News / Disposing CFL bulbs AZ Republic 3/12/2008

Arizona Republic: Go With Eco-Friendly CFLs, But Think Before Disposing of Them
Filed under: Earth 911 - March 12, 2008

By Mary Beth Faller

Americans have become enlightened about their lightbulbs. Millions of people are replacing their incandescent bulbs with compact fluorescent lightbulbs (CFLs), which use 75 percent less energy and last 10 times longer. The Environmental Protection Agency estimates that 20 percent of all bulbs now sold are compact fluorescent.

Although the bulbs have been on the market since the 1980s, it’s only in the past two years that they’ve become widely accepted by consumers, due mainly to two reasons: promotion by big retailers such as Wal-Mart, Costco and Home Depot (the latter gave away a million of the energy-saving bulbs for Earth Day last April) and improvement in the quality of the light. Old CFLs cast an unattractive greenish light, took a few seconds to go on and sometimes emitted buzzing sounds.

Because the newest CFLs last at least 6,000 hours and up to 10,000 hours, many people haven’t had to replace them yet. But when they do, that feel-good glow could dim. Compact fluorescent lights—as well as old-fashioned fluorescent light tubes—contain mercury, a toxicant that can cause neurological damage in people.

Although consumers are exhorted to save the planet by buying CFLs, they’re not told how to dispose of them properly. Municipalities differ in their directions. Phoenix has no instructions on its Web site and tells residents who inquire that they can double-bag the bulbs and toss them into the trash. Mesa and Tucson encourage residents to dispose of CFLs during municipal collections of household hazardous waste.

Ikea accepts old CFLs for recycling, but most other big retailers don’t. The Salt River Project Web site advises customers not to throw CFLs into the trash and directs users to various municipal recycling Web sites - most of which have no information on CFLs. Arizona Public Service directs its site users to for disposal sites; that Web site, in turn, lists the same municipal Web sites and commercial recyclers.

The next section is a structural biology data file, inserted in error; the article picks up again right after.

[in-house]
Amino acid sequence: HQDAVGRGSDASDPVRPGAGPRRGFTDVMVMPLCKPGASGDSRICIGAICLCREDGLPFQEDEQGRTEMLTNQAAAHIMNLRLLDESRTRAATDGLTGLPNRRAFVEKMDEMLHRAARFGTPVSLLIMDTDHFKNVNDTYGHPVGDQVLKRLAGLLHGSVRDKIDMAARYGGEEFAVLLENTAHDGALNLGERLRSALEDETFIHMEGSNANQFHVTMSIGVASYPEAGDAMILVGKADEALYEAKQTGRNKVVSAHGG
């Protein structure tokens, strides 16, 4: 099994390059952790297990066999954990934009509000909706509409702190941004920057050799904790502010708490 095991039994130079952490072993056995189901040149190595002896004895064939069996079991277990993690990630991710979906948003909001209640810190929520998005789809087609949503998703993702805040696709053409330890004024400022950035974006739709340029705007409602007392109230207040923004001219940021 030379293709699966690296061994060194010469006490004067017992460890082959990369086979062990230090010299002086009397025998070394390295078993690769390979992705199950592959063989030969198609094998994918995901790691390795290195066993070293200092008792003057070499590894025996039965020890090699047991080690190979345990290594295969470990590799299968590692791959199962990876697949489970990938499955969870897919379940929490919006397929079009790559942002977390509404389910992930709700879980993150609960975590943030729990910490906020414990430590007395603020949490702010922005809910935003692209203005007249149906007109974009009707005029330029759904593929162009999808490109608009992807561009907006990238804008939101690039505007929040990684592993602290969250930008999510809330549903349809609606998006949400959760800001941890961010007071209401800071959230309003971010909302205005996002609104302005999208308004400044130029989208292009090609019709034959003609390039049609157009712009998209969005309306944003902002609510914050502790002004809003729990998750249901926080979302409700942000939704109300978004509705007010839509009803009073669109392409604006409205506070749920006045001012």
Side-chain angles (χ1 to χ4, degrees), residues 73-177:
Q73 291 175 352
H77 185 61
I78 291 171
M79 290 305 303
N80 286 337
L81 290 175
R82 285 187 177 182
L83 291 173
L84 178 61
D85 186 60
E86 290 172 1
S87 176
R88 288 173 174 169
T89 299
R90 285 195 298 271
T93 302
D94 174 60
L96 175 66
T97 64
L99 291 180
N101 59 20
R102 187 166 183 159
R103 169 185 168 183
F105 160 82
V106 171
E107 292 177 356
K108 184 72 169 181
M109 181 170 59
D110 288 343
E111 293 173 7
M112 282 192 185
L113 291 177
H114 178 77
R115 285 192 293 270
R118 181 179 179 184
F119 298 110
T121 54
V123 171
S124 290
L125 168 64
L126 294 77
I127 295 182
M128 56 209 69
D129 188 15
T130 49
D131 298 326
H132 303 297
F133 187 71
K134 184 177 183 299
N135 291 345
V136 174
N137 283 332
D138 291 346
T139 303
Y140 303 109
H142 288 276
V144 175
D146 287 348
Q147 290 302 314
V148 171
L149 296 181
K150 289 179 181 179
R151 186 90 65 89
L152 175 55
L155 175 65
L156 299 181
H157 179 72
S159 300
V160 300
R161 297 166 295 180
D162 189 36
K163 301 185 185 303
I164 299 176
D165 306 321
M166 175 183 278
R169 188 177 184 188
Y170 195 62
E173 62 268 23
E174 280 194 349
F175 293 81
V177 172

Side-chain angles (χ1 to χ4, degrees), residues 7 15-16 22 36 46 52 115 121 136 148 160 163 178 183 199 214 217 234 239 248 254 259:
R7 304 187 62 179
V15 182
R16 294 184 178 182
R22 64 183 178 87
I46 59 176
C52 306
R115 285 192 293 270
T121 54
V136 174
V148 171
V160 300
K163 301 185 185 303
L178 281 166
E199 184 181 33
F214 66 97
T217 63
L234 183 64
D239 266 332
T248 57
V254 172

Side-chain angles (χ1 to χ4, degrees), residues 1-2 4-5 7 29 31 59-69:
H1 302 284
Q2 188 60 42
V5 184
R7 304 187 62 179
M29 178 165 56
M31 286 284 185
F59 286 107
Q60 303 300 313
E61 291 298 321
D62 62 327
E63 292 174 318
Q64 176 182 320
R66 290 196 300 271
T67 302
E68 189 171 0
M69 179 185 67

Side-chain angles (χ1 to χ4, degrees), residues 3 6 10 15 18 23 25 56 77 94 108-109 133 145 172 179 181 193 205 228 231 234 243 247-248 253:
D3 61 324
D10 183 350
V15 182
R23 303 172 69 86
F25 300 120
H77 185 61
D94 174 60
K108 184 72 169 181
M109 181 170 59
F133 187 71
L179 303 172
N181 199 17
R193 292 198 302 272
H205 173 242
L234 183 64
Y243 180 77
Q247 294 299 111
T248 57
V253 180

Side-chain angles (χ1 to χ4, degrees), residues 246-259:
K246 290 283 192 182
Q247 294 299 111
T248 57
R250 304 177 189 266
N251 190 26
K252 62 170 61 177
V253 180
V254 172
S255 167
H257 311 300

Environmental experts are clear: Even though the bulbs contain mercury, they’re a better option than incandescent bulbs in the long run.

“The major source of mercury is coal-powered power plants,” says George Koch, co-director of the National Institute for Climatic Change Research at Northern Arizona University.

“To the extent that using compact fluorescents requires less energy generated by coal-powered plants, we’re actually reducing mercury emissions. Those emissions are not controlled—they go up into the atmosphere. Mercury in compact fluorescents can be disposed of in a targeted way.”

The government estimates that over five years, use of a regular incandescent lightbulb accounts for 10 milligrams of mercury from the coal-powered plant. A compact fluorescent bulb accounts for 6.4 mg over five years: 4 mg that the bulb contains and 2.4 mg to power it.

Dumping CFLs into a landfill probably would not cause an immediate environmental calamity, Koch says, but there’s no need to do so because the bulbs can be recycled.

“The disposal can be managed—not that it’s being managed well now,” he says.

Tom Waldeck, executive director of the non-profit Keep Phoenix Beautiful, has been switching from incandescent to CFL bulbs in his Scottsdale home for several years.

“The thing I like is that I’ve got 19-foot ceilings in my house, and (the CFLs) last forever and I don’t have to get the ladder out and change them all the time,” he says. “They give just as good light, if not better, than regular lightbulbs, and we’re doing something that will save energy and keep our bills down.”

What will he do when the bulbs burn out?

“I haven’t even thought of it,” Waldeck says. “I would love to get some direction on how to do it.”

As the hours add up, many consumers will have a lot of burned-out CFLs and no clear direction on what to do.

Sylvania, one of the largest manufacturers of compact fluorescent lightbulbs, sells recycling packages for consumers to fill with used CFLs and send back to the company. But Stephanie Anderson, spokeswoman for Sylvania, says, “Even we agree this is not the best solution. Over the next several years, as the products become more popular, we’d like to see curbside recycling and retailers providing recycling facilities. We think that will happen once there’s a critical mass.”